is minus Q sub R. And, of course, it's at a
constant temperature. It is a heat reservoir. It's at T1. So it equals 0. It equals 0. Interesting. So actually I should take
a little side note here. That, the change in entropy of
the universe for a reversible process is 0. And actually that should make
a lot of intuitive sense because the whole point of a
reversal process is you could go in this direction, or you
could go in that direction. It's always so close people to
equilibrium you can move in either direction. And if the entropy was greater
than 0 in one direction, it would have to be less than
0 on the other direction. So it wouldn't be able to go in
the other direction by the second law of thermodynamics. So it actually makes sense
that the entropy of the universe-- the change in entropy
of the universe, not just of the system--
when a reversible process occurs, is 0. Let's see if we can relate
that to the irreversible process So if I wanted to
figure out the change in entropy of the irreversible
process-- What's the change in entropy of the irreversible
process? And then let me subtract from
that the heat that was taken away from the reservoir, from
the irreversible process, Q sub IR, and of course
all this over T1. What is this going to be equal
to in relation to 0? Remember this is an irreversible, spontaneous process. Well, this value, the
irreversible process is starting here and going there. So its change in delta S is the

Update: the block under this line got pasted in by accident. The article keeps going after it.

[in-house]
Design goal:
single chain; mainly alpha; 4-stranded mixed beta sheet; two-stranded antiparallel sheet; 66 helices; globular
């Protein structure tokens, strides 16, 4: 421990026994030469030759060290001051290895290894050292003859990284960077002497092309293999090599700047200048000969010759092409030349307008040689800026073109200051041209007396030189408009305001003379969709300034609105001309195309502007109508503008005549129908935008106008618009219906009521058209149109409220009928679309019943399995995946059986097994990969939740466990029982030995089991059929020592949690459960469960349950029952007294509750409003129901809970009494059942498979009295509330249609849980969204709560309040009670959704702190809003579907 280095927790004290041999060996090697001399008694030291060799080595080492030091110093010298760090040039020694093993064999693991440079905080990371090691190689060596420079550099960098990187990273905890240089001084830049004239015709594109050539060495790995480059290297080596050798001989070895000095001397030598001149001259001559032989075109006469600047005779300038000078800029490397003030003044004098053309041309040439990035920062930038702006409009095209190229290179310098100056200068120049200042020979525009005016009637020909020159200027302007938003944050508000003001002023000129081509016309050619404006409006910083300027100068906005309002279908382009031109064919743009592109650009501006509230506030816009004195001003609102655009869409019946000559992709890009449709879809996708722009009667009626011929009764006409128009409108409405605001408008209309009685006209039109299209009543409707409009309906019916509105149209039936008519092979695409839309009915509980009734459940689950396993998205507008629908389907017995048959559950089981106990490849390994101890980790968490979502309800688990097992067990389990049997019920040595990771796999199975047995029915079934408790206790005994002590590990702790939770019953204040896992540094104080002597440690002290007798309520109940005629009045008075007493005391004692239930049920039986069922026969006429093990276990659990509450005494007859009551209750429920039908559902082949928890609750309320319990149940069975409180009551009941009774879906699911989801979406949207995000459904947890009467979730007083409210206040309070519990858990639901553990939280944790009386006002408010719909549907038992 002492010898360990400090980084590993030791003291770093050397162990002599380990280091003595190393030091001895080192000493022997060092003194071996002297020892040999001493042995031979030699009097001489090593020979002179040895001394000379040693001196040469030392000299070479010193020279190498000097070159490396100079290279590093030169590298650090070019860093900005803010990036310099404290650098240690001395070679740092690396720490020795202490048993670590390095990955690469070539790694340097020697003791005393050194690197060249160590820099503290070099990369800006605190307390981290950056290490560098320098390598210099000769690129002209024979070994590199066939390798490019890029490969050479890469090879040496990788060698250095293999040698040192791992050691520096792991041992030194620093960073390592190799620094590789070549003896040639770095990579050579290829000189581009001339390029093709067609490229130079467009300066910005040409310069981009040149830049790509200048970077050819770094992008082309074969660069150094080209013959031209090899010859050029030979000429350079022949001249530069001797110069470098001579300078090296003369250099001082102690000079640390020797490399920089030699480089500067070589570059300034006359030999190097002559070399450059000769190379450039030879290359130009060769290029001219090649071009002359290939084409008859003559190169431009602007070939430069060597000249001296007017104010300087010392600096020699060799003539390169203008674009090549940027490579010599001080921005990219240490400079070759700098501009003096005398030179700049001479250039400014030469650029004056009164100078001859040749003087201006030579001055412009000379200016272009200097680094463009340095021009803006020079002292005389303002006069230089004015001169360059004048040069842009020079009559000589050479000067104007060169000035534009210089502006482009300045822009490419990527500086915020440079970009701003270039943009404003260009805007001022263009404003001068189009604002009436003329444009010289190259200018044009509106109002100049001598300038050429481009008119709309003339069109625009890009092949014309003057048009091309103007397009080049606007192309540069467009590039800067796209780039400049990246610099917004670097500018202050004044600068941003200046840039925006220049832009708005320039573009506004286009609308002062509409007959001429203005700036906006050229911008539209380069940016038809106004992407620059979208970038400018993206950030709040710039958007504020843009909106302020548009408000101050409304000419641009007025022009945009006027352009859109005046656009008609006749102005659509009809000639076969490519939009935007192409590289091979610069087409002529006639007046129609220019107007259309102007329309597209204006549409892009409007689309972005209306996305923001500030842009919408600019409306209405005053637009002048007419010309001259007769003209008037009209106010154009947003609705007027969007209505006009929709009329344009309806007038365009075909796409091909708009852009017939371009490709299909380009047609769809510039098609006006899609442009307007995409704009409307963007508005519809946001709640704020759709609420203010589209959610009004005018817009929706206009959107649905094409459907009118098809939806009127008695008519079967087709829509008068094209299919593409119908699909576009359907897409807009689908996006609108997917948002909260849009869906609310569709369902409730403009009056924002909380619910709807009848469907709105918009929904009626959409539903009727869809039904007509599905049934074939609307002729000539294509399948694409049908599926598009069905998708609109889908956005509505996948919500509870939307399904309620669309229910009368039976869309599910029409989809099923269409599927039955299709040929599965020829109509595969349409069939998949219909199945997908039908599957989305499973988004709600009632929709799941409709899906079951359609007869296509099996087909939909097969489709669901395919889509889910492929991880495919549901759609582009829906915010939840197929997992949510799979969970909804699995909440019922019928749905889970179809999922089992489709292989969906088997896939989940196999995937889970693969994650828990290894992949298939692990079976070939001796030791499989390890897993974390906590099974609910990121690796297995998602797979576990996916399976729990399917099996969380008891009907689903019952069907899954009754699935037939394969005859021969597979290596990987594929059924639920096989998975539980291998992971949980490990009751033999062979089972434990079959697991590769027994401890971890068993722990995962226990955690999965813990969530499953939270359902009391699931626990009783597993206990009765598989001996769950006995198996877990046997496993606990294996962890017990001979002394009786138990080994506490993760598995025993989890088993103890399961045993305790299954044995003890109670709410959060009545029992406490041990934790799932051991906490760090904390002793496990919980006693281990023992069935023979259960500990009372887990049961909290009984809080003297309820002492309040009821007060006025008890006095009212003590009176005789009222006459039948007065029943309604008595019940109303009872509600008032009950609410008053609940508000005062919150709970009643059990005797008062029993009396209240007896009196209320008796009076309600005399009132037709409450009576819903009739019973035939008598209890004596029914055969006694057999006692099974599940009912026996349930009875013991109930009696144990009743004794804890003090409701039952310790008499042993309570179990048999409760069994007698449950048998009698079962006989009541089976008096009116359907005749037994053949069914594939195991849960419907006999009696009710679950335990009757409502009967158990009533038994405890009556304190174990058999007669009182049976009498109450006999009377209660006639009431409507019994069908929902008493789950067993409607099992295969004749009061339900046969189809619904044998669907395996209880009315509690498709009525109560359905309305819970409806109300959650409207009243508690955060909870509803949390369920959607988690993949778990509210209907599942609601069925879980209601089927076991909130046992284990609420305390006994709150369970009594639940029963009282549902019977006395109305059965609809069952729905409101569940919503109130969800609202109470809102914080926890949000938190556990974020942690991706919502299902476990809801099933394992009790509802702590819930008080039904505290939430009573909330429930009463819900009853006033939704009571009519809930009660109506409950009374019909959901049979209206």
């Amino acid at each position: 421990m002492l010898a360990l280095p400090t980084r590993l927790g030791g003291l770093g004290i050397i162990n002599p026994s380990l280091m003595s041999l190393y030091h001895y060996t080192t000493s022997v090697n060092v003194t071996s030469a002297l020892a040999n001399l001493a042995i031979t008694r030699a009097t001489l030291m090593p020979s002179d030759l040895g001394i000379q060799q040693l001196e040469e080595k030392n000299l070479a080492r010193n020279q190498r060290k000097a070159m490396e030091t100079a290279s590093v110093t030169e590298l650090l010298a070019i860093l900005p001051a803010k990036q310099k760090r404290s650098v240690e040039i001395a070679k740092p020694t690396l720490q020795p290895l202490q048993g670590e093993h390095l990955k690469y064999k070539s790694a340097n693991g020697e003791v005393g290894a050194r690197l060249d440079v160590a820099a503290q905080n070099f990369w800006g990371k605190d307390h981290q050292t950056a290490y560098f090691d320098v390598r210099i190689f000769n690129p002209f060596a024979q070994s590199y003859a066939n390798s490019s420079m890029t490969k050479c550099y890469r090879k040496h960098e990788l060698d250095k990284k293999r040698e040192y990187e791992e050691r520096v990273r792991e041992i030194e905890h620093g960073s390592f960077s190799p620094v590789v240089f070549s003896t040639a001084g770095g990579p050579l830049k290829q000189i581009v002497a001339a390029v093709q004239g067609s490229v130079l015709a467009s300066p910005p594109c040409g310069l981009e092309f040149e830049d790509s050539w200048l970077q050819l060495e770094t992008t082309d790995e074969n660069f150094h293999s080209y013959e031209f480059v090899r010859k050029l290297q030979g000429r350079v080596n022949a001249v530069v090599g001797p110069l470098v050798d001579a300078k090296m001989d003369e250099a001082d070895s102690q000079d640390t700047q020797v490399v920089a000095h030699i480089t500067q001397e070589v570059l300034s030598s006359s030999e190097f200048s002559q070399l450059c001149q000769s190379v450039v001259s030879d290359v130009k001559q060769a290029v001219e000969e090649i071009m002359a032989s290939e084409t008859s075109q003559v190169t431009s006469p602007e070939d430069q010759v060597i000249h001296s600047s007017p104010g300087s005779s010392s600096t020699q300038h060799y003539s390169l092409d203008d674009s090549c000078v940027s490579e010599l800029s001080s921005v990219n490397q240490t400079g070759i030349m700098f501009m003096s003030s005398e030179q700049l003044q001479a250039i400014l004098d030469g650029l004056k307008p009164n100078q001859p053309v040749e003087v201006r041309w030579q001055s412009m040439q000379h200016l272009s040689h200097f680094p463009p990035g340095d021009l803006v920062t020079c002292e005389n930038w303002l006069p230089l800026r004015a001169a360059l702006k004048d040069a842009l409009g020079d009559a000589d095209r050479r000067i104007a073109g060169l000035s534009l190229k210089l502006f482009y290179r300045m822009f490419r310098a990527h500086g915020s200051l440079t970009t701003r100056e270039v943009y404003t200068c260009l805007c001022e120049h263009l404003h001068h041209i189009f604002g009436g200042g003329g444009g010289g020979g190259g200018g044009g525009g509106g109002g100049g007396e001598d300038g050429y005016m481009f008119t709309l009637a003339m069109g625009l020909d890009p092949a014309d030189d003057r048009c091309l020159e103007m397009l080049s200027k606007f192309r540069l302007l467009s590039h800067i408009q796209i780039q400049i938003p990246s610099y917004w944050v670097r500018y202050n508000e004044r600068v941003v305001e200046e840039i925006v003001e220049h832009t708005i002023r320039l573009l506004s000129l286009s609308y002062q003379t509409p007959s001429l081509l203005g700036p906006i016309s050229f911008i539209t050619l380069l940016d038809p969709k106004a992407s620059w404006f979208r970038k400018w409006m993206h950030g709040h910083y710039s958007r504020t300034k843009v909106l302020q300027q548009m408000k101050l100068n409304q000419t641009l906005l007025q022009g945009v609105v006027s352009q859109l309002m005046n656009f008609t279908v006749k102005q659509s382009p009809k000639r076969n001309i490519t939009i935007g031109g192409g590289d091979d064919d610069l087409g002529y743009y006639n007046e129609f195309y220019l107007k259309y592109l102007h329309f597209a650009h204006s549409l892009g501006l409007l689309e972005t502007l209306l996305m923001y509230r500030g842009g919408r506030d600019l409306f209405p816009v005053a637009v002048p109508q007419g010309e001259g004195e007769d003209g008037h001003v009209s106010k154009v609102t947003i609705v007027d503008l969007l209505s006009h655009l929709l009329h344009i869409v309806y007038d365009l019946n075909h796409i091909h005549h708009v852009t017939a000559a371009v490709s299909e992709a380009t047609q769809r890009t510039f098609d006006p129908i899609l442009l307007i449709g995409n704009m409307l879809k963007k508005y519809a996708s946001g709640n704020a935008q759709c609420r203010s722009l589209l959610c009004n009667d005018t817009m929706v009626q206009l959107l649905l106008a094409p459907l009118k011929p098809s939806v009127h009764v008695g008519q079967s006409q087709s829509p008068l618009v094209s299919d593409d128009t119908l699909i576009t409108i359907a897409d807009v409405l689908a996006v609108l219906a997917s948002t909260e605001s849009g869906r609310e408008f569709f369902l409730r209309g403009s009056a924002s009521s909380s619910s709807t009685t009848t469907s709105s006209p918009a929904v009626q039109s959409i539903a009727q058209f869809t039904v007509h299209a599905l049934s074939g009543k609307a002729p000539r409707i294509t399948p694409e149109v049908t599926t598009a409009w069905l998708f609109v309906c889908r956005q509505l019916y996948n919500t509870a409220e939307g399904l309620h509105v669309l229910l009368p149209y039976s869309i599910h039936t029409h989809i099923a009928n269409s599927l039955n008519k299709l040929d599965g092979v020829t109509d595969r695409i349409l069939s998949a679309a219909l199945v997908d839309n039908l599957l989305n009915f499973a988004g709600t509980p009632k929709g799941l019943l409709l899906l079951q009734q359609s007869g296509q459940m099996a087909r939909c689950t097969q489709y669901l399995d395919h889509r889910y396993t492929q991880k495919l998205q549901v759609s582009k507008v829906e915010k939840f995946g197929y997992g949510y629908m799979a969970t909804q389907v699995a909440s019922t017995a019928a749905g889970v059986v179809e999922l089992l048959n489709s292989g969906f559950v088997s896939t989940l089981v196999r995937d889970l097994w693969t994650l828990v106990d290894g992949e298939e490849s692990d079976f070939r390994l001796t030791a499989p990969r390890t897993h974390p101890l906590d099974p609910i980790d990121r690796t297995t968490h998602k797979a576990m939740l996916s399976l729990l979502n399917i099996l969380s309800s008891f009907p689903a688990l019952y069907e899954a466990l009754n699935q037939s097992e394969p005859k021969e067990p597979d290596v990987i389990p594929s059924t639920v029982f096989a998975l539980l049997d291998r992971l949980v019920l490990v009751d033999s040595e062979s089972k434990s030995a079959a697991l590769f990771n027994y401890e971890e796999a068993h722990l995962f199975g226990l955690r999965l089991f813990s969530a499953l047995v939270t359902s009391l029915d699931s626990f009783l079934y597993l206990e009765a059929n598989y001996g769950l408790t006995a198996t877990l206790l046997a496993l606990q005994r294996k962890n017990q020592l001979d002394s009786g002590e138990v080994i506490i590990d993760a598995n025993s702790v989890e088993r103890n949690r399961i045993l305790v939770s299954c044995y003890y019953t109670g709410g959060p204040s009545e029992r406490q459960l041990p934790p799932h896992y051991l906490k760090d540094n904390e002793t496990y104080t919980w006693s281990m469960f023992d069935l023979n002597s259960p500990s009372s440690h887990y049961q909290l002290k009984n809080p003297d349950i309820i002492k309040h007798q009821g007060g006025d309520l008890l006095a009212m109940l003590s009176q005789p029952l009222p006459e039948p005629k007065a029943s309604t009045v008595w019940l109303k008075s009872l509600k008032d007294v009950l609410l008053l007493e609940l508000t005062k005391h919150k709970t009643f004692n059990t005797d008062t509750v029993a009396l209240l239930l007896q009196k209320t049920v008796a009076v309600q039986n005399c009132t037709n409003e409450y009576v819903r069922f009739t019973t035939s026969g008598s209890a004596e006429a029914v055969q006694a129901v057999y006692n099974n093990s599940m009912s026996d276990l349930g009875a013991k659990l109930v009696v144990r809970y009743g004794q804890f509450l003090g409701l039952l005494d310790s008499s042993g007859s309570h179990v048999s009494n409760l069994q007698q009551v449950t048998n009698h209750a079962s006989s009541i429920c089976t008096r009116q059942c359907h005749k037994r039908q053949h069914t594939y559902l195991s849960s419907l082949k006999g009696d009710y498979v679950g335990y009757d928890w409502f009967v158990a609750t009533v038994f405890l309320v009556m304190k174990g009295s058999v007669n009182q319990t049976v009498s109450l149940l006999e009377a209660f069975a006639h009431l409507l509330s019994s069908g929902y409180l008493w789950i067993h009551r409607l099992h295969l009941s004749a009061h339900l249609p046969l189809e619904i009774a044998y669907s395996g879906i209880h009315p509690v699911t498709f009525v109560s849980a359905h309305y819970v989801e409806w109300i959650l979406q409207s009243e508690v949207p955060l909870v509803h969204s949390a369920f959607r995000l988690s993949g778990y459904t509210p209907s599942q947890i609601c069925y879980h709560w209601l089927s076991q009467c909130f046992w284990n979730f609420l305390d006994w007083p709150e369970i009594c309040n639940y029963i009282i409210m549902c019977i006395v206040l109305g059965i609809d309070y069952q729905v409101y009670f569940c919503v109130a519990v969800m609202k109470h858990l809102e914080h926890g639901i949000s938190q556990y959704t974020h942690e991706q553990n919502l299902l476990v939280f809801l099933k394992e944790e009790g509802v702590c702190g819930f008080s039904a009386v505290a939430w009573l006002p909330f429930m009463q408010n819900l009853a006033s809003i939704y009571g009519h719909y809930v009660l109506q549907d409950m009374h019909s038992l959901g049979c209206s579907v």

exact same thing as that. Change in delta S is the same
as the reversible process. So these two things
are equivalent. Now, I just told you that since
there's some heat of friction, this guy has to take
in less heat from the reservoir than this guy. So if this-- and I
wrote it here. I mean, let me clean this
thing up a little bit. I wrote it right here. Q sub IR, the heat that the
irreversible process has to take from the reservoir, because
generating its own heat from friction, is less
than the heat from the reversal process. So this number, right here, is
less than this number here. Or you could view it this way. This number here was
equal to this. So this number here is going
to be less than this. So this has to be greater than
0 for the irreversible, spontaneous process. Now let's just do a little
bit of mathematics. So this is the heat that was
essentially given to the irreversible system. It's a minus here because
this is the term. It's kind of taken away from
the actual reservoir. So let's just do a little bit
of-- let's just multiply all sides of this equation by T1. And we get T1 times delta S of